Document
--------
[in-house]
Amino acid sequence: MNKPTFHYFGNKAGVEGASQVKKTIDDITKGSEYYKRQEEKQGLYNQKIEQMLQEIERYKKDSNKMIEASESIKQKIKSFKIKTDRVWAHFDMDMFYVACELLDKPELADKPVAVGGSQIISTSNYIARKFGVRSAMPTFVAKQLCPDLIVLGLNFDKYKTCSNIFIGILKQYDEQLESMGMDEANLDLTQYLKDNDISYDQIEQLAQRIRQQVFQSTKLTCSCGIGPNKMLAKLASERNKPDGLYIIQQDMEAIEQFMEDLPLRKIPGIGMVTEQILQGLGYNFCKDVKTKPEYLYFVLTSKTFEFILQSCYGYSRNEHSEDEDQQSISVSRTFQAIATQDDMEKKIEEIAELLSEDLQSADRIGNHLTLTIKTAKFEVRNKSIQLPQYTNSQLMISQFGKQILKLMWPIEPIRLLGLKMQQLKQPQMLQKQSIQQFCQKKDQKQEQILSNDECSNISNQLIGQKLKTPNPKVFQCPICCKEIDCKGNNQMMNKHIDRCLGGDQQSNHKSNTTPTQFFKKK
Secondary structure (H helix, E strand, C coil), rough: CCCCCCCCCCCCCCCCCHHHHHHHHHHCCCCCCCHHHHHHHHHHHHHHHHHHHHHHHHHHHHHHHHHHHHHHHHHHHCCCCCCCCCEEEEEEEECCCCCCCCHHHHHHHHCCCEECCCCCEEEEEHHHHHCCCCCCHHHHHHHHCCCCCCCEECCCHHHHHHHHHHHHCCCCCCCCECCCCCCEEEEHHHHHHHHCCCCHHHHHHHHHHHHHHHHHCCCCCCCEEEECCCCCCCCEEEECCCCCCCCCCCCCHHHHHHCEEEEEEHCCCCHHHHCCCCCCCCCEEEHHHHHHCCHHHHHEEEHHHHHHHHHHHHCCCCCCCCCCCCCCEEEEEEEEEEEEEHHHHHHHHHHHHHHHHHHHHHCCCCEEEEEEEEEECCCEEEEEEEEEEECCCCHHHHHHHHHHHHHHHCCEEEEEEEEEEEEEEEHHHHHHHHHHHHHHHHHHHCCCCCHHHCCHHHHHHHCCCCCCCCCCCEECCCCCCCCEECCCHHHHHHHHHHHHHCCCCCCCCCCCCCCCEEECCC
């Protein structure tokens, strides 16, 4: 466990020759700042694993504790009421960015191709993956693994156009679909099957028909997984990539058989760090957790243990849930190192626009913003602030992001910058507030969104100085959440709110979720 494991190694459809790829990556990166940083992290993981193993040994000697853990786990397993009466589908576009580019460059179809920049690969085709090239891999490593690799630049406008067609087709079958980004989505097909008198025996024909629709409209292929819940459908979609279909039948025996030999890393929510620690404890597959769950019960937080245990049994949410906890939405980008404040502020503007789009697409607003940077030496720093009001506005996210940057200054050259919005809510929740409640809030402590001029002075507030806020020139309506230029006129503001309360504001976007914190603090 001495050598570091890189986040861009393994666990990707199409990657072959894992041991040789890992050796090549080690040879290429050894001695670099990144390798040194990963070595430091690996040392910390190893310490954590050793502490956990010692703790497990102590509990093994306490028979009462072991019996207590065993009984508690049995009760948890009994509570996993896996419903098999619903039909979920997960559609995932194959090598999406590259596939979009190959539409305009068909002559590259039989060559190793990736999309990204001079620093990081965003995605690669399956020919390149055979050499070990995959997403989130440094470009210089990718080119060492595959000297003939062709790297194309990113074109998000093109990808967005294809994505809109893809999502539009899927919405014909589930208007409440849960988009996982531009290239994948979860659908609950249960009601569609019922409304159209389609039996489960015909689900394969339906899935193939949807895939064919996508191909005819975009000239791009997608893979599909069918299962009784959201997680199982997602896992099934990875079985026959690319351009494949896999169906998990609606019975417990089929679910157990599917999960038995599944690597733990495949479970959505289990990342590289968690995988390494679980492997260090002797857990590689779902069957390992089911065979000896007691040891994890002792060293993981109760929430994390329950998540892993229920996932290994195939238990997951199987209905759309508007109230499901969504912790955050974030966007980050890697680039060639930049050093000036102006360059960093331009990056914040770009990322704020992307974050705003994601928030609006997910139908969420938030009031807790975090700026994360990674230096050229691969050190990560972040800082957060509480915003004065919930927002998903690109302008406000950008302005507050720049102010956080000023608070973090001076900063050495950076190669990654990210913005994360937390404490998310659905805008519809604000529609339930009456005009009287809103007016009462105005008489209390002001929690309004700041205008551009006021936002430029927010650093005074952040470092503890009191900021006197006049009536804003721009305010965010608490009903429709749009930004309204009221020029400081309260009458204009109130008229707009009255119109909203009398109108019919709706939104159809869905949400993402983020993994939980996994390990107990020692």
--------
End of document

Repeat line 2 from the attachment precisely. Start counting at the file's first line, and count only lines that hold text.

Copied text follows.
Amino acid sequence: MNKPTFHYFGNKAGVEGASQVKKTIDDITKGSEYYKRQEEKQGLYNQKIEQMLQEIERYKKDSNKMIEASESIKQKIKSFKIKTDRVWAHFDMDMFYVACELLDKPELADKPVAVGGSQIISTSNYIARKFGVRSAMPTFVAKQLCPDLIVLGLNFDKYKTCSNIFIGILKQYDEQLESMGMDEANLDLTQYLKDNDISYDQIEQLAQRIRQQVFQSTKLTCSCGIGPNKMLAKLASERNKPDGLYIIQQDMEAIEQFMEDLPLRKIPGIGMVTEQILQGLGYNFCKDVKTKPEYLYFVLTSKTFEFILQSCYGYSRNEHSEDEDQQSISVSRTFQAIATQDDMEKKIEEIAELLSEDLQSADRIGNHLTLTIKTAKFEVRNKSIQLPQYTNSQLMISQFGKQILKLMWPIEPIRLLGLKMQQLKQPQMLQKQSIQQFCQKKDQKQEQILSNDECSNISNQLIGQKLKTPNPKVFQCPICCKEIDCKGNNQMMNKHIDRCLGGDQQSNHKSNTTPTQFFKKK